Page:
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OSU’s Center for Precision Forming Leads Research Efforts on High-Strength Steels

Jay Sartkulvanich and Taylan Altan,

Jay Sartkulvanich and Taylan Altan represent the Center for Precision Forming at Ohio State University ( and

Forming Advanced High-Strength Steels (AHSS) sheet metal presents new challenges over forming traditional steels. Ohio State University’s Center for Precision Forming (CPF) leads research efforts on precision forming and fabrication of lightweight materials. CPF’s research activities include: warm forming and warm hydroforming of aluminum and magnesium alloy; hot stamping of boron steels; and advanced applications of servo presses. The latest AHSS formability research initiatives from CPF on springback, shearing, edge stretching, deep drawing, hot stamping, servo presses, die materials, die-coatings and lubrication are summarized in this article.

The Center for Precision Forming (CPF), located at the Ohio State University in Columbus, OH, conducts research relevant to sheetmetal forming. The National Science Foundation (NSF) partially funds this activity together with participating companies. The mission of CPF is to serve as a center for the creation and dissemination of knowledge in precision forming and fabrication of lightweight materials, which ultimately impact next-generation products. CPF uses extensively the knowledge base developed at the Engineering Research Center for Net Shape Manufacturing (ERC/NSM) at The Ohio State University (Director Dr. Taylan Altan), established in 1985.

Considering the interests of the stamping industry, research at the CPF currently focuses on stamping of advanced high-strength steels (AHSS), warm forming and warm hydroforming of aluminum and magnesium alloys, hot stamping of boron steels, and advanced applications of servo presses.

Advanced High-Strength Steel (AHSS) use has been increasing in the automotive industry, due to advantages related to weight reduction as well as crashworthiness and safety. However, there are several challenges in forming AHSS. For example, common knowledge of material behavior of mild steels cannot be applied to AHSS. In addition, fracture in bending and edge flanging is more critical in AHSS. A number of studies indicate that fracture in forming of AHSS occurs much earlier (at lower strains) than when forming mild steels. Due to their high strength properties, AHSS also yield more springback and wear tooling faster than when forming mild steels. Furthermore, variations in material properties from batch to batch affect the process and the design procedure.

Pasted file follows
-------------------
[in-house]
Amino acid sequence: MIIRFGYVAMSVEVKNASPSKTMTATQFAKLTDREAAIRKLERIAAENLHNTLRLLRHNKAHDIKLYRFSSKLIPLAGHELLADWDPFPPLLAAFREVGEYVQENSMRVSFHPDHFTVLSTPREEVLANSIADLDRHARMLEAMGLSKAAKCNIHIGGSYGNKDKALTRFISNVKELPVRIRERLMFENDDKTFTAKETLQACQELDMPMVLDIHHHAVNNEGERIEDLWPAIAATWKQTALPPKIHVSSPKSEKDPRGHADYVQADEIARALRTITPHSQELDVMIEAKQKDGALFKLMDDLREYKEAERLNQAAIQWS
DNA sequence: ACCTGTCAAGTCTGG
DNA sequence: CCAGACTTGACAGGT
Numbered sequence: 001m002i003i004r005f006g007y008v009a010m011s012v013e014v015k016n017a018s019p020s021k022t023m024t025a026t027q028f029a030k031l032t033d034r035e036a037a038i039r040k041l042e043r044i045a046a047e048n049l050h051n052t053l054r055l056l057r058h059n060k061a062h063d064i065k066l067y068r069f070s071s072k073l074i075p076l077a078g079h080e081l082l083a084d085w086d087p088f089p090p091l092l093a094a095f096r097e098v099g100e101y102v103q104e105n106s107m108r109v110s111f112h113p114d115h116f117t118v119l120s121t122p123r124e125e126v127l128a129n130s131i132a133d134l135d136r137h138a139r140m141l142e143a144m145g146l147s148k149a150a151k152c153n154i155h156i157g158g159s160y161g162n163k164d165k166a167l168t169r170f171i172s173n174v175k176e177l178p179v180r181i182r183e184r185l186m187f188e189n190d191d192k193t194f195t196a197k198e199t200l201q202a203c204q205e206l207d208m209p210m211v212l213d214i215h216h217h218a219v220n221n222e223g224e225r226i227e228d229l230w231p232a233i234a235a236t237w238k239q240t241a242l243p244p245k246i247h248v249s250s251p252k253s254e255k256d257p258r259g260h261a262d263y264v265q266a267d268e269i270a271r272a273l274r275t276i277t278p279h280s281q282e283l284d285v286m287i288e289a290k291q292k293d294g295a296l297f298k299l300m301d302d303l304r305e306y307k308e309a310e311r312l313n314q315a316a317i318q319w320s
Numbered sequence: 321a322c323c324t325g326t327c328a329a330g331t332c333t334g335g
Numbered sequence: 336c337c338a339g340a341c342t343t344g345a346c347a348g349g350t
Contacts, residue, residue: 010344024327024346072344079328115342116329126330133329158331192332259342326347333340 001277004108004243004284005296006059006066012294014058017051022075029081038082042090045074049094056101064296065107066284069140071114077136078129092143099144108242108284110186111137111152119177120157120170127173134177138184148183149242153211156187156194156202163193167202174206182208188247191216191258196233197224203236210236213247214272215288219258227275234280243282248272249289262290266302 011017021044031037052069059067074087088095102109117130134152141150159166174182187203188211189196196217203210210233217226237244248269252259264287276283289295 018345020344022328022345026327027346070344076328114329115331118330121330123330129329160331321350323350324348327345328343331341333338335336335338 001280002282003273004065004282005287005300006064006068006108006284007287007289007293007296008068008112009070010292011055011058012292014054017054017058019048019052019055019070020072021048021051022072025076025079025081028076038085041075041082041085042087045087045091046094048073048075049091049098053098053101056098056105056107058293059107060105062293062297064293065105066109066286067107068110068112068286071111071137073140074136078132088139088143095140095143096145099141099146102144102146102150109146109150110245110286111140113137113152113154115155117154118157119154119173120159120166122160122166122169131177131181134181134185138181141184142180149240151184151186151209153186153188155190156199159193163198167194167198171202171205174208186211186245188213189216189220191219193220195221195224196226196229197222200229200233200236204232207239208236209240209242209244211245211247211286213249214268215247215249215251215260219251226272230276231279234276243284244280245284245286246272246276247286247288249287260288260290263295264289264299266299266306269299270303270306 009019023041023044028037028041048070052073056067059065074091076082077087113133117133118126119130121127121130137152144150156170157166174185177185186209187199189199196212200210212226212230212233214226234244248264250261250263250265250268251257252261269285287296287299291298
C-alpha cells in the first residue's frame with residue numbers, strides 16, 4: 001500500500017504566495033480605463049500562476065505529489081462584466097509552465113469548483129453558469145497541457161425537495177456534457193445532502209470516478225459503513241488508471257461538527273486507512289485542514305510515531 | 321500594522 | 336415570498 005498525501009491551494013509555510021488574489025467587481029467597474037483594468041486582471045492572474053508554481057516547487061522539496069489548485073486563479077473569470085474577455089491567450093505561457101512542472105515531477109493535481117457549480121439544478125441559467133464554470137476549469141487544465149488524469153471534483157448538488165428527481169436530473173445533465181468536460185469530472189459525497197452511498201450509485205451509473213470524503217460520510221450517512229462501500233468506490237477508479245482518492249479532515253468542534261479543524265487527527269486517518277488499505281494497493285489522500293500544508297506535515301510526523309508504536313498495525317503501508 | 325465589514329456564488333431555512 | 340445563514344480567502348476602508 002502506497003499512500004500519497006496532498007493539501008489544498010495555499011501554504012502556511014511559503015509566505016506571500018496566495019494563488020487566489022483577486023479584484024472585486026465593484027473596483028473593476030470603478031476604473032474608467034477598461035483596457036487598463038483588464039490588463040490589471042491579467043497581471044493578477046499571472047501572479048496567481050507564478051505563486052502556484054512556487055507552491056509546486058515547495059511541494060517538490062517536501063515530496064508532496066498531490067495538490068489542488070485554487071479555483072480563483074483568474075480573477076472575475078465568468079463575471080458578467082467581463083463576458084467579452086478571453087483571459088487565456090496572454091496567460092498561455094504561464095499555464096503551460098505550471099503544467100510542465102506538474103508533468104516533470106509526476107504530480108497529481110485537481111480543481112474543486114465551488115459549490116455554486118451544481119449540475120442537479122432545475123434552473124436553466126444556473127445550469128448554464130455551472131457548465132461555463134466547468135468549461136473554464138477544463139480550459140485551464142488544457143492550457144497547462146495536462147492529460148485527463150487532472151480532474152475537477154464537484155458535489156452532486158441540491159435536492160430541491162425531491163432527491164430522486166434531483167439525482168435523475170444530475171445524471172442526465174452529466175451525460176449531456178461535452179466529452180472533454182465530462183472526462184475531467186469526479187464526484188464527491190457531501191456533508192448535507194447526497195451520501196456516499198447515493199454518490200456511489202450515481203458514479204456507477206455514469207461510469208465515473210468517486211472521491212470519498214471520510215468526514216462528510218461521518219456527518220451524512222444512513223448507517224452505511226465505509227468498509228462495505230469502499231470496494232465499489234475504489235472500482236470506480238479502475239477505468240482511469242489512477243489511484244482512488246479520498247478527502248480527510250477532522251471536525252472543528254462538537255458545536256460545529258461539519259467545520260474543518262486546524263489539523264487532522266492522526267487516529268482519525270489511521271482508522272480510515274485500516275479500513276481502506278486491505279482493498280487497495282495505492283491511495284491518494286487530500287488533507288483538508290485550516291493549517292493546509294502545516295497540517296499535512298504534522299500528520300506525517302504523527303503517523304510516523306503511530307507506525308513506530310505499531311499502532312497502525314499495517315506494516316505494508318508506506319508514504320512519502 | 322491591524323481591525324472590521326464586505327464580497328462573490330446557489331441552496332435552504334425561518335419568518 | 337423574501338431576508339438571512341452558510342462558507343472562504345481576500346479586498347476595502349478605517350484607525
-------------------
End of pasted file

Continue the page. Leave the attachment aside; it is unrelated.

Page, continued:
CPF has conducted various research activities related to these challenges. Major research topics related to forming AHSS include

  • determination of material properties under biaxial deformation,
  • prediction of springback considering E-modulus variation,
  • evaluation of various stamping lubricants,
  • investigation of galling behavior of various die materials and coatings,
  • blanking/shearing/flanging,
  • fracture prediction in stretch bending.

New test developed for flow-stress properties

Flow-stress properties are required for computer simulation and analysis of the forming process. Usually, these data are determined using tensile tests. However, the data obtained from tensile tests are only for relatively small strains (to 0.2 for AHSS). At CPF, the Viscous Pressure Bulge (VPB) test was developed to determine flow-stress data under biaxial deformation, allowing data to be obtained at larger strains (to 0.4 for AHSS). VPB tests of various AHSS (e.g. DP600, TRIP 780 and DP980) and other sheetmetals were conducted for several industrial sponsors. VPB tests were also used to evaluate variation of the formability of the same material across different batches/coils.


Figure 1. Schematic of a VPB test (a) before the test and (b) after the test.

Research leads to improved springback conditions

Many research studies demonstrate that the elastic modulus of AHSS decreases with increasing plastic strain, and it is necessary to consider the unloading modulus variation for accurate springback predictions. At CPF, tensile tests and bending tests with V-dies and S-dies were conducted to determine the variation of unloading modulus as well as to validate springback predictions obtained from finite element (FE) simulations.  Figure 2 illustrates bending experiments for various curvature geometries and bending conditions, using an S-die.  


Figure 2. Bending experiments using an S-die to determine springback of various deformation modes. Press and tooling is pictured on the left, with various shapes formed using the S-die on the right.

Extensive lubrication, die-material and die-coating tests